2020 Wasn’t All Bad: There’s Good News About Climate Change

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Two important climate stories have somehow evaded media attention. The first is that the authoritative International Energy Agency now recognizes that the high-emissions (and therefore high-warming) scenarios associated with future energy use are flat-out wrong, and the second is that global greening is fighting global warming.

The only real attention that has been paid to the IEA’s bombshell is from University of Colorado’s Roger Pielke, who notes that “thousands” of alarmist articles in the scientific literature now need major revisions (or retraction?). This is a problem because that literature forms the core of the most recent (2018) United States “National Assessment” of climate change effects, a sort of biblical resource for policymakers and the media.

In its revelation, the IEA relies heavily on a withering article by University of British Columbia’s Justin Ritchie in the journal Energy, showing that the United Nation’s future energy use scenarios generally employ what he calls a “return to coal hypothesis,” in which coal use expands dramatically to the year 2100. The high-end scenario used by the U.N.’s Intergovernmental Panel on Climate Change simply ignores the rapid fuel-switching that is occurring as hydrofractured natural gas displaces coal for electricity generation, especially in the U.S.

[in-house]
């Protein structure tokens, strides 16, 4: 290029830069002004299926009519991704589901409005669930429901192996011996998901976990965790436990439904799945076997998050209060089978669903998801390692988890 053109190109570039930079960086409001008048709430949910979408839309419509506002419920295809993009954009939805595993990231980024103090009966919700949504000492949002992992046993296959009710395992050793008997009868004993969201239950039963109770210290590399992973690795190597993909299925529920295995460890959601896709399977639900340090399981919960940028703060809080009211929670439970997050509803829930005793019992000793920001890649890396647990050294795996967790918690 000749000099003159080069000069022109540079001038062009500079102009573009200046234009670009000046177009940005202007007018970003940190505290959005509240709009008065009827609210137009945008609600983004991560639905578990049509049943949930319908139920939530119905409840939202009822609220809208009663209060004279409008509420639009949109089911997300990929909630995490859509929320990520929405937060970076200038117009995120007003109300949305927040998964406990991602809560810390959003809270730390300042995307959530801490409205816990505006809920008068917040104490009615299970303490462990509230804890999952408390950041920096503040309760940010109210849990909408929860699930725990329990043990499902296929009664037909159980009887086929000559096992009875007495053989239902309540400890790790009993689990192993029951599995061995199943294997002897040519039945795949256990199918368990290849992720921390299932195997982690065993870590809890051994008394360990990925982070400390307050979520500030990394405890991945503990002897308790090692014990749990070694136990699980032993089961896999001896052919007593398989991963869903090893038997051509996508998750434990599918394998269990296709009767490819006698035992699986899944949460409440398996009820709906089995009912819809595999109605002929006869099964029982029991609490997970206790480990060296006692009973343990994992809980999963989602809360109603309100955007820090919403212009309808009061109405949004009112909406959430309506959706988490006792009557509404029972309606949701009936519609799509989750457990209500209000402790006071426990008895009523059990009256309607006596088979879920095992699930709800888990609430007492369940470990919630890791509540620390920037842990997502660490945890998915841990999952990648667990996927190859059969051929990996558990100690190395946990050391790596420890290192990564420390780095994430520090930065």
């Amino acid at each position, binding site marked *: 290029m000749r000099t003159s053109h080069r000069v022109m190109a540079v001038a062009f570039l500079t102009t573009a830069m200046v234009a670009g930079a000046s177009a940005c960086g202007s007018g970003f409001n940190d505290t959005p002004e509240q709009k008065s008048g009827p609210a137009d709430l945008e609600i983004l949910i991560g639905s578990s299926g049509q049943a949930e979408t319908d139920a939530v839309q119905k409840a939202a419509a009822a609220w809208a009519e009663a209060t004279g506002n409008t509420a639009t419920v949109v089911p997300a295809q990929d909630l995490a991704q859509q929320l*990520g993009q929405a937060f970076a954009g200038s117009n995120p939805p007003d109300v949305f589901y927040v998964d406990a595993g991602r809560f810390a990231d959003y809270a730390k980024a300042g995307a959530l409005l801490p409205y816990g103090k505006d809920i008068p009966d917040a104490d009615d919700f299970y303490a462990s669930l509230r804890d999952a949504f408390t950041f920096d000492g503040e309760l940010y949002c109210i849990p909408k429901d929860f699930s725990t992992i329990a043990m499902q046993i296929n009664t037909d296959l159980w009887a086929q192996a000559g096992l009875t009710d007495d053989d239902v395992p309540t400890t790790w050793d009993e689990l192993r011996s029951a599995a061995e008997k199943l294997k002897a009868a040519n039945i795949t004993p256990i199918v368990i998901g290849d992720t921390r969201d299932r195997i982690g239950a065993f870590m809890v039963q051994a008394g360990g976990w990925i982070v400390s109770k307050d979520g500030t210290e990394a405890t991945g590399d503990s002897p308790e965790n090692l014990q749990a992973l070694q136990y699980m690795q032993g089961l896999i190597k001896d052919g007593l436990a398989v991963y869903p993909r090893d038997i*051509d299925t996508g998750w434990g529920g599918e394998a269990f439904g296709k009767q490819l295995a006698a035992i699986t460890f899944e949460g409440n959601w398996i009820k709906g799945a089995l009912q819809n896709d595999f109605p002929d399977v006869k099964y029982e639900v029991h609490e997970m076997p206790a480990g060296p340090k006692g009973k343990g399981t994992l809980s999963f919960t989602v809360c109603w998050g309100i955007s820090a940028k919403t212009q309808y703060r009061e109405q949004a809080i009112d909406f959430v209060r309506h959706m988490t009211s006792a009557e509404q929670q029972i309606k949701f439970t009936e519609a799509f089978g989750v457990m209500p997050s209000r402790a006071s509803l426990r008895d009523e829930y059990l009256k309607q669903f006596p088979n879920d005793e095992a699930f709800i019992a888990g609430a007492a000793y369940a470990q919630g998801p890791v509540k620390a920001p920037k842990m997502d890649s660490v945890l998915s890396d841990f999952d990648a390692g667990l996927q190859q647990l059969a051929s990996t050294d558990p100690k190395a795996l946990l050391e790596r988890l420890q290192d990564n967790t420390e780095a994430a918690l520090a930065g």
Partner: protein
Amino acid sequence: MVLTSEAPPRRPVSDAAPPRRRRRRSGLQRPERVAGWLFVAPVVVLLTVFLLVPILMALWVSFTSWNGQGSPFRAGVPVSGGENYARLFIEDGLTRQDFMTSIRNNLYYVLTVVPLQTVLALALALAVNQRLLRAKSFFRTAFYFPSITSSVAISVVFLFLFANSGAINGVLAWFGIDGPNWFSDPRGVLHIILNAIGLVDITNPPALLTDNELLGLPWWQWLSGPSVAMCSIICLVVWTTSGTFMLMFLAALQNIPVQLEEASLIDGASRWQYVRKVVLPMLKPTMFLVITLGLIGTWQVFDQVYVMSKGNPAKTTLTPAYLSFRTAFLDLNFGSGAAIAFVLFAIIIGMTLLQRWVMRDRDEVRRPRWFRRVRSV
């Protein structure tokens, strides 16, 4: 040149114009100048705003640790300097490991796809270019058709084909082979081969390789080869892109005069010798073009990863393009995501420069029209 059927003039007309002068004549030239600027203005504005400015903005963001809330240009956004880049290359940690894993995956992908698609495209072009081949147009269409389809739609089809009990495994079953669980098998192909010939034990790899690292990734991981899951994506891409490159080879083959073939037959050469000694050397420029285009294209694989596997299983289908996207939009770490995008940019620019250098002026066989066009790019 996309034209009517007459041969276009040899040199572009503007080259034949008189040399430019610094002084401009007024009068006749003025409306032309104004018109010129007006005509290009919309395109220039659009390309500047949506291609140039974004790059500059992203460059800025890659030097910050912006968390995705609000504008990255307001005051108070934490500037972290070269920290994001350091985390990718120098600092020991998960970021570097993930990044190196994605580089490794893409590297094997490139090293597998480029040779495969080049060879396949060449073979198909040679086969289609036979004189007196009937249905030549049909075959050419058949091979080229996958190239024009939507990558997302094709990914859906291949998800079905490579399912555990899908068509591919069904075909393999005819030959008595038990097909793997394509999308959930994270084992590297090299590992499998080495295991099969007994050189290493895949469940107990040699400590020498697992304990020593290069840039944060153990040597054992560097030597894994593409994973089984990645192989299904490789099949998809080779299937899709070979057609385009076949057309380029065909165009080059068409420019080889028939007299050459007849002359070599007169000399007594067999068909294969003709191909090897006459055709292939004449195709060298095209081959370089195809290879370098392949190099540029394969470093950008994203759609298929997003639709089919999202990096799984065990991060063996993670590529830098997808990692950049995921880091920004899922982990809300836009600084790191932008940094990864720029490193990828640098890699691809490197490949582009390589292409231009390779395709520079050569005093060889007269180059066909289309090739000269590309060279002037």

Yet, the panel’s future energy consumption model producing the greatest warming is based upon the primitive notion that oil will soon be depleted and there will be a massive switch to coal, as Ritchie notes.

In its 2019 “World Energy Outlook” report, the IEA issued an updated suite of emissions projections, which are much lower than almost every scenario in both the most recent (2013) Intergovernmental Panel on Climate Change report and the next one due out in 2021.

The 2013 report specifies a range of future emissions, but the scientific community pays undue attention only to the highest one. IEA says we are on an emissions path that will produce less than half of the high-end warming, around 2.5 degrees Celsius this century. Most people, myself included, think that a 5 degrees Celsius warming this century is surely likely to cause major problems next century, as the year 2100 is not a magic point in which warming suddenly stops.

But the 2.5 degree Celsius estimate is likely too high because it uses the default assumptions in the widely employed Model for the Assessment of Greenhouse-gas Induced Climate Change. One of these assumptions is that the “sensitivity” of global surface temperature (the amount of warming calculated for doubling atmospheric carbon dioxide) is 3 degrees Celsius. Recent analyses using satellite data or observations of temperature and radiation changes yield sensitivities about half of that, which means the actual increases this century are likely to be much lower than even the IEA’s projection.

Read the full article at Washington Examiner.